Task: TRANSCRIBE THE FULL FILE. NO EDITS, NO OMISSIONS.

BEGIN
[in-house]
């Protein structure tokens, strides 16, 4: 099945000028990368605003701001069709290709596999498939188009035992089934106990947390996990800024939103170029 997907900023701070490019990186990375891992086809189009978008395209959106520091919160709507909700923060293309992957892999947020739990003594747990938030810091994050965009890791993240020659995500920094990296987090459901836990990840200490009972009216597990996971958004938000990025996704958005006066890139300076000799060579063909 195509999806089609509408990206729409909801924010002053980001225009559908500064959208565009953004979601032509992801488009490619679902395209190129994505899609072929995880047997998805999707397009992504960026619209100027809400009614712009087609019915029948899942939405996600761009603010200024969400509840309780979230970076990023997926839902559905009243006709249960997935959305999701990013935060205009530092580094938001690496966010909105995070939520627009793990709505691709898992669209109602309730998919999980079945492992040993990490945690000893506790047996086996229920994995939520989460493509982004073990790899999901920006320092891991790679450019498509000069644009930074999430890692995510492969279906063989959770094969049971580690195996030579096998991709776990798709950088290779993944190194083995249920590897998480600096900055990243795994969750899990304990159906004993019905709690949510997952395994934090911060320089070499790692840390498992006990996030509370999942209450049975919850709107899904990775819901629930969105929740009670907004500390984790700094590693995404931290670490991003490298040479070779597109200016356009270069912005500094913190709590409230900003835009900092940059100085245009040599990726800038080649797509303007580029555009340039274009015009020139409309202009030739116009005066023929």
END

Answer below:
[in-house]
């Protein structure tokens, strides 16, 4: 099945000028990368605003701001069709290709596999498939188009035992089934106990947390996990800024939103170029 997907900023701070490019990186990375891992086809189009978008395209959106520091919160709507909700923060293309992957892999947020739990003594747990938030810091994050965009890791993240020659995500920094990296987090459901836990990840200490009972009216597990996971958004938000990025996704958005006066890139300076000799060579063909 195509999806089609509408990206729409909801924010002053980001225009559908500064959208565009953004979601032509992801488009490619679902395209190129994505899609072929995880047997998805999707397009992504960026619209100027809400009614712009087609019915029948899942939405996600761009603010200024969400509840309780979230970076990023997926839902559905009243006709249960997935959305999701990013935060205009530092580094938001690496966010909105995070939520627009793990709505691709898992669209109602309730998919999980079945492992040993990490945690000893506790047996086996229920994995939520989460493509982004073990790899999901920006320092891991790679450019498509000069644009930074999430890692995510492969279906063989959770094969049971580690195996030579096998991709776990798709950088290779993944190194083995249920590897998480600096900055990243795994969750899990304990159906004993019905709690949510997952395994934090911060320089070499790692840390498992006990996030509370999942209450049975919850709107899904990775819901629930969105929740009670907004500390984790700094590693995404931290670490991003490298040479070779597109200016356009270069912005500094913190709590409230900003835009900092940059100085245009040599990726800038080649797509303007580029555009340039274009015009020139409309202009030739116009005066023929």